When most non-golfers think about the game of golf, they really don't envision finely tuned, chiseled athletes. They probably think about the weekend duffer, likely a little thick around the middle, looking forward to that tall frosty mug of beer at the 19th hole. Check that...non-golfers have no clue what the 19th hole is. What they don't realize is that golf really is a sport, and when a golfer improves his - or her - physical fitness, it usually results in an improvement in their golf game.
Anatomy of the Golf Game
When you break down the individual physical tasks involved with playing the game of golf, it becomes easy to see how improving your overall physical strength and conditioning can help improve your performance. Golf is a sport, and it requires muscle exertion and overall stamina to get the most out of your game. Therefore, increasing targeted muscles strength and cardiovascular fitness will increase your performance with those tasks, which definitely shows up on your scorecard.
Stretch it Out
The last thing you want to have happen while golfing is to suffer an injury. Since a great deal of your golf game revolves around turning, torquing and exerting your muscles, it is extremely important to thoroughly stretch before every round of golf you play. Make sure to stretch all of the primary muscle groups, from legs to arms, back, shoulders and neck. The better you stretch, the less likely you will be to pull or strain a muscle.
Improving your aerobic, or cardiovascular, conditioning is a critical part of maximizing your golf fitness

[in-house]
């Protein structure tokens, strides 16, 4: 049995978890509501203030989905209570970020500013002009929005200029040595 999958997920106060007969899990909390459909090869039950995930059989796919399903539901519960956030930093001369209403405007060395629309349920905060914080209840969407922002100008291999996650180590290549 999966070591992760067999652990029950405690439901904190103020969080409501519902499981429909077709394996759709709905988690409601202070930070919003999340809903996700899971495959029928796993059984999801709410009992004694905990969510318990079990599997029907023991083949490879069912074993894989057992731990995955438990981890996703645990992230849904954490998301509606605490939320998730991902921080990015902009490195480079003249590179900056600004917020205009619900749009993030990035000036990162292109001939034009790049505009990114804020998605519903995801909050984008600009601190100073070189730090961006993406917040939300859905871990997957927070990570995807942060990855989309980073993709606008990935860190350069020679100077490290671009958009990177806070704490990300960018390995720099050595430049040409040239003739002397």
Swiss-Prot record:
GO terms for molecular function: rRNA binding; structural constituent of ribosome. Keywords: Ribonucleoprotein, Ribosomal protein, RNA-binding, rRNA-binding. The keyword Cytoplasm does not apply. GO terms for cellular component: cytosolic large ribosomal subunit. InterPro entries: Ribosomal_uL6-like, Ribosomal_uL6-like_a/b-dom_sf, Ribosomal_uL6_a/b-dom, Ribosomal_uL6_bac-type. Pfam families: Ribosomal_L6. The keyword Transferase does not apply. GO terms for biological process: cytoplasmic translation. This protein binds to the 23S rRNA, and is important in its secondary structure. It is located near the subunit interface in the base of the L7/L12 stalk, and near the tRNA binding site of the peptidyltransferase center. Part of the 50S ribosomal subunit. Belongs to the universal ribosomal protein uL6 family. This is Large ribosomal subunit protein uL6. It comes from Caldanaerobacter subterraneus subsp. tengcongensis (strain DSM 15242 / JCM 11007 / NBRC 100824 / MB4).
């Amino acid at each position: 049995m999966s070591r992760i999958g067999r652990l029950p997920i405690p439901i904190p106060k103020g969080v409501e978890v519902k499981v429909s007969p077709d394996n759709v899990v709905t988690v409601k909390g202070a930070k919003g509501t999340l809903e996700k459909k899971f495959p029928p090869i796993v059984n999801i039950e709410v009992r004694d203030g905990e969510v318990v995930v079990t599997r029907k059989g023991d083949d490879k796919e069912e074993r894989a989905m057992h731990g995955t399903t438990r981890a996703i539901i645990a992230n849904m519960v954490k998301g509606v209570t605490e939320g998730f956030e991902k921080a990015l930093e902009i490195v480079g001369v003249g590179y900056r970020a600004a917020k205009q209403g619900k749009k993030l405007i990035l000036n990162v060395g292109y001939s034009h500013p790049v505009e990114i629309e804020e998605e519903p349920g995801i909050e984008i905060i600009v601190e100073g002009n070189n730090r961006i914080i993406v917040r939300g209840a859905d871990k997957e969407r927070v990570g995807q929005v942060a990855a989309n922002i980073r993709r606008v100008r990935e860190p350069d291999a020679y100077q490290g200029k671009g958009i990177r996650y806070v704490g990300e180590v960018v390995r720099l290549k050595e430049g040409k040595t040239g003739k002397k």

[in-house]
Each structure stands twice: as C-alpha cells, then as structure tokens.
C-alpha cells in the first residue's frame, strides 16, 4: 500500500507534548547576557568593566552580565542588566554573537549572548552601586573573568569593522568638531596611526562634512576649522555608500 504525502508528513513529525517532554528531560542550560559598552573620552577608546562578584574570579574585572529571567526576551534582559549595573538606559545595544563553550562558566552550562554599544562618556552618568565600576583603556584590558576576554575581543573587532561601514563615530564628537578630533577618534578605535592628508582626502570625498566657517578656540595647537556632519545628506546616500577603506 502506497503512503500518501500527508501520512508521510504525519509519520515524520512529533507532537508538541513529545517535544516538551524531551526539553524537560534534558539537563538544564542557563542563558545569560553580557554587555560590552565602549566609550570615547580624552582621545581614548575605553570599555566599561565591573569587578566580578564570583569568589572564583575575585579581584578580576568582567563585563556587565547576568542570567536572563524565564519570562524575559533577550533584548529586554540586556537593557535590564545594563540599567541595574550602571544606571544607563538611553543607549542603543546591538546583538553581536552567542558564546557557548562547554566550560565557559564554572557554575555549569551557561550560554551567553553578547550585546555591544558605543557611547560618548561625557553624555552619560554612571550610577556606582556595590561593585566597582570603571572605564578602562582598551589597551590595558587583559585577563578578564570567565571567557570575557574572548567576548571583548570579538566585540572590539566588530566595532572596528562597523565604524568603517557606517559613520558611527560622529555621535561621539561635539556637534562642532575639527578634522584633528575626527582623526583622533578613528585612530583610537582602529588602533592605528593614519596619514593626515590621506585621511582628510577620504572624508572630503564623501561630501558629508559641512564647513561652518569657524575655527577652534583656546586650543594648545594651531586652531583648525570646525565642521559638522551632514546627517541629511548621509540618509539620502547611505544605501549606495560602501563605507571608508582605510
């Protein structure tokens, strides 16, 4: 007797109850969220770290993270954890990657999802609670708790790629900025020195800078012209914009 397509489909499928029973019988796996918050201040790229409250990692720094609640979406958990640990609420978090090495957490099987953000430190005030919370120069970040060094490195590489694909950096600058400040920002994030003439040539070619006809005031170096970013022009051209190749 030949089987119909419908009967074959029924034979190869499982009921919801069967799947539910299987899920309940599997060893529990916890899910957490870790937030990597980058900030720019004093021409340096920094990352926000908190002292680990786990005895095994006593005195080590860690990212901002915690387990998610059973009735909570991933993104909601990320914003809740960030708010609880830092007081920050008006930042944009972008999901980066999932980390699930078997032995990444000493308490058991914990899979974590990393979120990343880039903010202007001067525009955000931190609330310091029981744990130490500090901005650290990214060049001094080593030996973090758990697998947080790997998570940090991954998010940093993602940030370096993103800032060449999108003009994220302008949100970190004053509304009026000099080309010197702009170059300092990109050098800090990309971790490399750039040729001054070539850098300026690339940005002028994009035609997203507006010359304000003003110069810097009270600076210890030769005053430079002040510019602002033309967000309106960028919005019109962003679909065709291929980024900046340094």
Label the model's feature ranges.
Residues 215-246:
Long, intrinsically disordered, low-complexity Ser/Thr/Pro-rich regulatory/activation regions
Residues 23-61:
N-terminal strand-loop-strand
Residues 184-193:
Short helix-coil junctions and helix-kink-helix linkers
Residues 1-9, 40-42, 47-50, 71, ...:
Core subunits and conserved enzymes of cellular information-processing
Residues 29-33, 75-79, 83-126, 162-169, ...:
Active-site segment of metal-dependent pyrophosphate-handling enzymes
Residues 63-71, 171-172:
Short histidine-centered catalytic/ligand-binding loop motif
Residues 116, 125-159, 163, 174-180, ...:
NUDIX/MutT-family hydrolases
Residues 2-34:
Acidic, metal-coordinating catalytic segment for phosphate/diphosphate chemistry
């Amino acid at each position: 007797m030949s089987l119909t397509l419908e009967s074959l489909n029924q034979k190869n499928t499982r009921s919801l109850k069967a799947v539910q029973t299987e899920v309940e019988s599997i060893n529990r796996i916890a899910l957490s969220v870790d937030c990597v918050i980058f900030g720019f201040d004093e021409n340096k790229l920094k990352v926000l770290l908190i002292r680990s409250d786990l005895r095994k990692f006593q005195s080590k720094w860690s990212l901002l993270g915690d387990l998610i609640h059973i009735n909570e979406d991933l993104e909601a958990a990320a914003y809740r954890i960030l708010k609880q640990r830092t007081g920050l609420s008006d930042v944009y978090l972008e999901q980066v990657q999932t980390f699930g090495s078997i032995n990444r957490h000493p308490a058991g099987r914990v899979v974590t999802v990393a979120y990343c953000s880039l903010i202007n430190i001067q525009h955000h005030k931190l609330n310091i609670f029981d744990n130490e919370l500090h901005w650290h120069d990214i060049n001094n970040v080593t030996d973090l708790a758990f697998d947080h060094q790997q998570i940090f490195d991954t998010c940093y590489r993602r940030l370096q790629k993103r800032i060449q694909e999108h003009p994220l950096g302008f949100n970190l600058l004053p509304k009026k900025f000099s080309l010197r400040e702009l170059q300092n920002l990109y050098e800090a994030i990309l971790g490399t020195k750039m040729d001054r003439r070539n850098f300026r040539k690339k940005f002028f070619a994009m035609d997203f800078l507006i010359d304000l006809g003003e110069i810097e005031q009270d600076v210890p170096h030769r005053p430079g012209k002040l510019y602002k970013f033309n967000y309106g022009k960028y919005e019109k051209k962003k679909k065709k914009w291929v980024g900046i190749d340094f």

. Cardio exercises, such as swimming or jogging, are exercises that improve your heart and lungs ability to circulate properly oxygenated blood to all of the muscles in your body. The better the blood flow, the longer and stronger the individual muscles in your legs, back and arms can perform at peak levels.
While aerobic exercise and proper stretching are a great start, you need golf strength training
if you want to really take your golf game to the next level. Strengthening your legs will give you a more stable foundation. Building the muscles in your core, your abdomen and your back will allow you to rotate and apply greater torque during your swing, which will improve your club head speed. Strengthening your arms and shoulders will add significant distance to your shots.
Maintain the Regimen
Like any physical fitness program, it is only effective if you maintain it. Working out once or twice isn't going to help you club monster drives off the tee, and jogging or swimming a couple of times won't improve your stamina for those long par-5's. The key, of course is to establish your fitness regimen and then keep to it. Make it a habit to work out on specific muscle groups 2-3 times a week, and take a couple of hours each week to run, swim or ride a bicycle. Your improvement will come, gradually, and before you know it, you'll see your scores shrinking as your muscles grow.